What can Shippers do against Pirate Attacks? Insights from Situational Crime Prevention

By Jon. M. Shane and Shannon Magnuson, John Jay College of Criminal Justice, New York City

The shipping industry cannot rely on the navies and traditional law enforcement to protect them from pirate attacks and to hold pirates accountable…

Patrolling the open waters is different from patrolling on land, crime is easier to perpetrate, harder to detect and harder to prevent. When pirates attack, an armed confrontation is likely, and violence occurs rather frequently (almost 37% in this study). The effectiveness of traditional law enforcement and prosecution efforts are limited in an international context, particularly when dealing with failed states. The limitations of traditional law enforcement are reflected in the dramatic increases in yearly piracy incidents. Even when traditional law enforcement operations are successful, the prosecution is beset by numerous delays and legal obstacles and incarceration is never guaranteed, all of which may attenuate the deterrent effect of arrest and prosecution. However, a recent study in Justice Quarterly argues that pirate attacks are not inevitable. Merchant marines and their vessels can protect themselves by taking measures that alter the transit environment. Situational crime prevention theory provides the framework for proactively deterring offending, in this case maritime piracy.


Situational Analysis – A Partial Solution?

Situational crime prevention (SCP) is a form of “opportunity theory,” It is a micro-level theory that accounts for the interaction between the victim, the offender and the environment. The basic premise is that a strong, visible defense will deter or delay a crime and does not necessarily rely on the criminal justice system to detect and prosecute offenders, or control crime.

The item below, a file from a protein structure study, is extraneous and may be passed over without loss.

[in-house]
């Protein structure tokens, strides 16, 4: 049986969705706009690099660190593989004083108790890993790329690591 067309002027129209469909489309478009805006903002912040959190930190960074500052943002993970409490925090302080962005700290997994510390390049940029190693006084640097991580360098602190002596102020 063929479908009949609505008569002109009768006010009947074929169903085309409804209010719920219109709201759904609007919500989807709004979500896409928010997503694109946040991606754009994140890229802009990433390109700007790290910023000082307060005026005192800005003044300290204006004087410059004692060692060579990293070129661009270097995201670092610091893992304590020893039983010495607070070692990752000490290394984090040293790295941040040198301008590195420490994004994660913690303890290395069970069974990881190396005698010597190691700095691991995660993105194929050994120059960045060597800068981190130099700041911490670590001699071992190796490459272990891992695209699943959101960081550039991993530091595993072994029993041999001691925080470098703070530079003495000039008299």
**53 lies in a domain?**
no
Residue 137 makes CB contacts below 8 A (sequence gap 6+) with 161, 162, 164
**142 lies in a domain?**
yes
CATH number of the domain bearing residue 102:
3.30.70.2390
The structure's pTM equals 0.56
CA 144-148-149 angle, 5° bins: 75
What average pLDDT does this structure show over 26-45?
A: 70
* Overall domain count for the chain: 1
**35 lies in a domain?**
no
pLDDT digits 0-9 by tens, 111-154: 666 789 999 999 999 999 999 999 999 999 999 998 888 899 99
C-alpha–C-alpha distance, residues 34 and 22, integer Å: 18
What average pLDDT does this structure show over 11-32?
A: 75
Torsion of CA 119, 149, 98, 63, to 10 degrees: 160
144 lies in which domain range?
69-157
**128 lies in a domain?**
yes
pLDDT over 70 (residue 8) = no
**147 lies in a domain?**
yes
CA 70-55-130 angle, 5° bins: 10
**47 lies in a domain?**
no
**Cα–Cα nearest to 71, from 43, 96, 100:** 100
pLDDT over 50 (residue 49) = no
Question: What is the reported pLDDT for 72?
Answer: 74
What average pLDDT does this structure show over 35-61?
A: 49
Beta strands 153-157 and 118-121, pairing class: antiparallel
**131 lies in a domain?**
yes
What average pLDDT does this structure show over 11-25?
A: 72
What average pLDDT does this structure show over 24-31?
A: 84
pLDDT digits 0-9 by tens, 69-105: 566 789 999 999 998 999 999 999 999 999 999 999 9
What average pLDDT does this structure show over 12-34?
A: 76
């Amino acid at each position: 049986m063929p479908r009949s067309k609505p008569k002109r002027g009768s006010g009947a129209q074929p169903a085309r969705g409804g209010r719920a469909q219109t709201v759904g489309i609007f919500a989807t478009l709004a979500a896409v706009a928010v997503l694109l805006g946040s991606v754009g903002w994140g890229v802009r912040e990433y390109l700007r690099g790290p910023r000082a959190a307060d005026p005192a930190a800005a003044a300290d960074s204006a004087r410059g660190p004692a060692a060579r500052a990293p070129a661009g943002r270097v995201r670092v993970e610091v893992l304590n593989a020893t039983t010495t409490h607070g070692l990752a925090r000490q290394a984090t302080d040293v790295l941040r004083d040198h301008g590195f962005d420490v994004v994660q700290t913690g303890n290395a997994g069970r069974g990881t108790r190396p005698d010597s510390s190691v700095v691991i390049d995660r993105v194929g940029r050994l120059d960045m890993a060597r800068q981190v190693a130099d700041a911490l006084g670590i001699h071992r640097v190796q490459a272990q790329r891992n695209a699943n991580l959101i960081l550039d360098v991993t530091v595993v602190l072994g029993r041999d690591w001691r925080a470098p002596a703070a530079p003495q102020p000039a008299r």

Situational crime prevention consists of three principles: 1) directing crime control measures at highly specific forms of crime; 2) managing, designing, or manipulating the immediate environment in as systematic and permanent a way as possible; and 3) increasing the perceived risk or effort to commit a crime, or reducing the rewards or removing the excuses for committing a crime. The theory has been empirically validated across a wide variety of crime and disorder conditions including gun violence, retail theft, shoplifting, suicide, vandalism, car theft and wildlife poaching. SCP groups situational techniques under five conceptual categories that describe the intent and approach of the intervention: 1) increasing the effort to commit the crime; 2) increasing the risk to offenders; 3) reducing the rewards produced by committing the crime; 4) reducing provocations that instigate crime; and 5) removing the excuses for committing the crime.

When pirates decide to attack a vessel, they may underestimate various situational factors that may increase their risk of apprehension, increase the effort to be successful, or reduce the anticipated rewards of an attack. Part of this calculation is that pirates’ decisions are never perfect, and that they rely on information that structures their choices and constrains their decisions that may result in flawed outcomes (i.e., apprehension, injury, death, insufficient operational resources). SCP is a crime prevention approach that helps disrupt or alter the opportunity structure, which results in fewer successful attacks.

To read the entire article, please click here.

Via: http://piracy-studies.org



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